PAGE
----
As their practice grew they began looking for a larger place to serve as the hospital. Bessie states, "We were not able to secure additional land so that we could have an outlet for the hospital, which would be independent of the school, as patients came day and night and it was not convenient for the school to have them going through their grounds. So we decided to move to Obrajes, 1000 feet below the city, in a beautiful suburb."

They operated a medical clinic at Instituto Americano until l939, when the building of Hospital Metodista in Obrajes was completed. Bessie states, "Land was purchased from ex-president of Bolivia, Dr. Luis Tejada-Sorzana, and plans were made for the change to this new site. Mr. Irle, who was the general architect for the construction of new mission buildings, came from Chile to draw up the plans and start the work."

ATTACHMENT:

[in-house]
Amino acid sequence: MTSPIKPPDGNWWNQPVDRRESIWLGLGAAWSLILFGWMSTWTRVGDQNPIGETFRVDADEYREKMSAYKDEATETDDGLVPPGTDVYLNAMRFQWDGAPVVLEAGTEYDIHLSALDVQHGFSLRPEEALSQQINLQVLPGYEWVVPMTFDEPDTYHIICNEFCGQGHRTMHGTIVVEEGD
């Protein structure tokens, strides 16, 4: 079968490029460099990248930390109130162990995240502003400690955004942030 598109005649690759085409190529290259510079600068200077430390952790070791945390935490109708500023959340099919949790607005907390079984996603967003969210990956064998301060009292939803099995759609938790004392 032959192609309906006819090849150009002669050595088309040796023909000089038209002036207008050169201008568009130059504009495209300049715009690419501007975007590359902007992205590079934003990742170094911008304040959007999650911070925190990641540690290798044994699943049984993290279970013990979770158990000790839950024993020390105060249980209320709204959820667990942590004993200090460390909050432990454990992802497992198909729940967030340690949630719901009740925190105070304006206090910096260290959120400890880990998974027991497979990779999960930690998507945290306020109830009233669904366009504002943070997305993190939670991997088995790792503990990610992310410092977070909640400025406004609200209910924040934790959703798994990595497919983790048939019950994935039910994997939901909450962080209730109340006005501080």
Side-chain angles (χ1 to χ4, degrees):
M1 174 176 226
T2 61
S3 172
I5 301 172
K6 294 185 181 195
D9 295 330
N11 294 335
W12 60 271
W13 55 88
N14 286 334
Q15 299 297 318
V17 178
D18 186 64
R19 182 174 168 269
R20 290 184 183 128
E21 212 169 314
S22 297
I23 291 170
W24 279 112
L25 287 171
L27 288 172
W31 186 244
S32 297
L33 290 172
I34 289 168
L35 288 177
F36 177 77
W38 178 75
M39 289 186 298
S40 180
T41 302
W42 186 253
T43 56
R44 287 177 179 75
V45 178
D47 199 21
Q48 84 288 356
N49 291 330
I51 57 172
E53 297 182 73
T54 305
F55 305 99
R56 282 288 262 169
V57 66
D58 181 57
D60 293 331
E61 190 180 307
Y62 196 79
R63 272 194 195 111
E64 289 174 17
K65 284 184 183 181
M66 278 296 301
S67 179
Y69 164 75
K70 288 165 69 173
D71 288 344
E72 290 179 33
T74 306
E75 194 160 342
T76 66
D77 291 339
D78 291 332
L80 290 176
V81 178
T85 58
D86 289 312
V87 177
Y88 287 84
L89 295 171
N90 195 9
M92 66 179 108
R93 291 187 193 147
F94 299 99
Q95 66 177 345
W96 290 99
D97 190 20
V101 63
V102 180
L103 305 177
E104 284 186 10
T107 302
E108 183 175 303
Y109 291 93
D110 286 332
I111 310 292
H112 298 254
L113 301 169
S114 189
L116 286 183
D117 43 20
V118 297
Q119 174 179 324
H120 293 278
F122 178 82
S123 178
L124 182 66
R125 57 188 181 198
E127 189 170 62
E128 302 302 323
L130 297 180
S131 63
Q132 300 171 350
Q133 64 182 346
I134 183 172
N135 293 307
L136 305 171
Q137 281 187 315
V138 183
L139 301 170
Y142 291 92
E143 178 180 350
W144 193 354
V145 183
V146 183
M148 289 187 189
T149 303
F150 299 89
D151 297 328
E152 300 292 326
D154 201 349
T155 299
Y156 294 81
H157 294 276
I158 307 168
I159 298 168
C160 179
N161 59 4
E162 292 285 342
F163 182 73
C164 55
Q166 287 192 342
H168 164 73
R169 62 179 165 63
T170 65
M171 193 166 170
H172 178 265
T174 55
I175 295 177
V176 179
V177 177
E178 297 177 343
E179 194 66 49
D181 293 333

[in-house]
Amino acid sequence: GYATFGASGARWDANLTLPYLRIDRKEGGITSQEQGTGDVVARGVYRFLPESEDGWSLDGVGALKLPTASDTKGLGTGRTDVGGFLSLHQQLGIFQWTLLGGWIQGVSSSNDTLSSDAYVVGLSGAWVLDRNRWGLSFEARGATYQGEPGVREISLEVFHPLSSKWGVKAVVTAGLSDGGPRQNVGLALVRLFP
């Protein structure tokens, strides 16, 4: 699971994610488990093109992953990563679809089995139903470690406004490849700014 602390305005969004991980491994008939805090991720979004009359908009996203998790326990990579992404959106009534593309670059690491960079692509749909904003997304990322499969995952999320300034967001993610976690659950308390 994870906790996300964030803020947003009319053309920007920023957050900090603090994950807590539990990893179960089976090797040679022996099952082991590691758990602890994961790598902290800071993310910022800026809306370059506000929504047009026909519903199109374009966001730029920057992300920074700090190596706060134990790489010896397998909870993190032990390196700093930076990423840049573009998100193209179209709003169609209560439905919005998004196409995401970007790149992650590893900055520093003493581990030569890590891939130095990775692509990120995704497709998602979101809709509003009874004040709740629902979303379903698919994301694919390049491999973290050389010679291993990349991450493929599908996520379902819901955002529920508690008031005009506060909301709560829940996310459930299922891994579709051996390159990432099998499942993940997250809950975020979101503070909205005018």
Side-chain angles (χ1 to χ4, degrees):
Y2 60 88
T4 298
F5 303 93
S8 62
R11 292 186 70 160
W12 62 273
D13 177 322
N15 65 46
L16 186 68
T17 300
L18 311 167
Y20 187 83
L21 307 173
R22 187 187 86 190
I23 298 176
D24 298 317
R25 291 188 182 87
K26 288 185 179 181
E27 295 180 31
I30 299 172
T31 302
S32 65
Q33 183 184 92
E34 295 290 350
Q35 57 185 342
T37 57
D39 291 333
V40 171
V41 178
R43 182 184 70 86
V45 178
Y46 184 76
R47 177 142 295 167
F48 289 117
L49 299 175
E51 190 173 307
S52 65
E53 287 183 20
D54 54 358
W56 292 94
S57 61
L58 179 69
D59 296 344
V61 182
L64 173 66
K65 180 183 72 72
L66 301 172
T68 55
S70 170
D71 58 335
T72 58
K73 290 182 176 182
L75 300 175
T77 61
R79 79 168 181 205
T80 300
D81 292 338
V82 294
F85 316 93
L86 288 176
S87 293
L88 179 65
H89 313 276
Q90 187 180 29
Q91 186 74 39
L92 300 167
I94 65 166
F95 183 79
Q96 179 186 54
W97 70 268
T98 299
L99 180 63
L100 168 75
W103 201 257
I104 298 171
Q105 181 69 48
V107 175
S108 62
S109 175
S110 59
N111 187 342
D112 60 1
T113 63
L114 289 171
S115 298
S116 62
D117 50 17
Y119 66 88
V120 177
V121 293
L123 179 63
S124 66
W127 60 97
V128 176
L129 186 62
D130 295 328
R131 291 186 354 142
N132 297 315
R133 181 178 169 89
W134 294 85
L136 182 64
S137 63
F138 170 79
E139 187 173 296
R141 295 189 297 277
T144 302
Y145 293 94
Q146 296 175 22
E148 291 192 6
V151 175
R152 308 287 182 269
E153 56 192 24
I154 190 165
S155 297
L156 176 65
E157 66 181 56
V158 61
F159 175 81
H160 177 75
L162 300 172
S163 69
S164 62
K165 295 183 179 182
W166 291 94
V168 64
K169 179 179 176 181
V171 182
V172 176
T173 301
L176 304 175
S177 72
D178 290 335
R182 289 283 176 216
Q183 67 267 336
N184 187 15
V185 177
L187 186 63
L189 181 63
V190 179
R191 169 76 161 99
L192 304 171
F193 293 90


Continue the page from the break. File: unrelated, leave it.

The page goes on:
When the hospital was completed it was the most modern in Bolivia, capable of handling 80 patients. Frank's particular pride was the home and school for 30 nurses. An important part of the medical work was the establishing of the Training School for nurses. Dr. Beck's daughter, Miriam, who had completed Nurses training and her B.S. degree in the States, returned to Bolivia in 1939 to start the regular three-year training course for nurses. By 1955 the nursing school of Clinica Americana had turned out 103 graduates.

In 1960 hospitals, health centers and clinics throughout Latin America clamor for nurses trained there. At one time the public-health section of Servicio Cooperativo Interamericano, U.S. foreign-aid agency, had 34 Beck trained nurses on staff, declared them "the best in the world." Dr. Beck is gratified by such accolades, but even more by the fact that the Bolivian government is closely copying his nurse-training program in its public health service. He says: "The biggest contribution that medical missions can make is to stimulate others to do for themselves."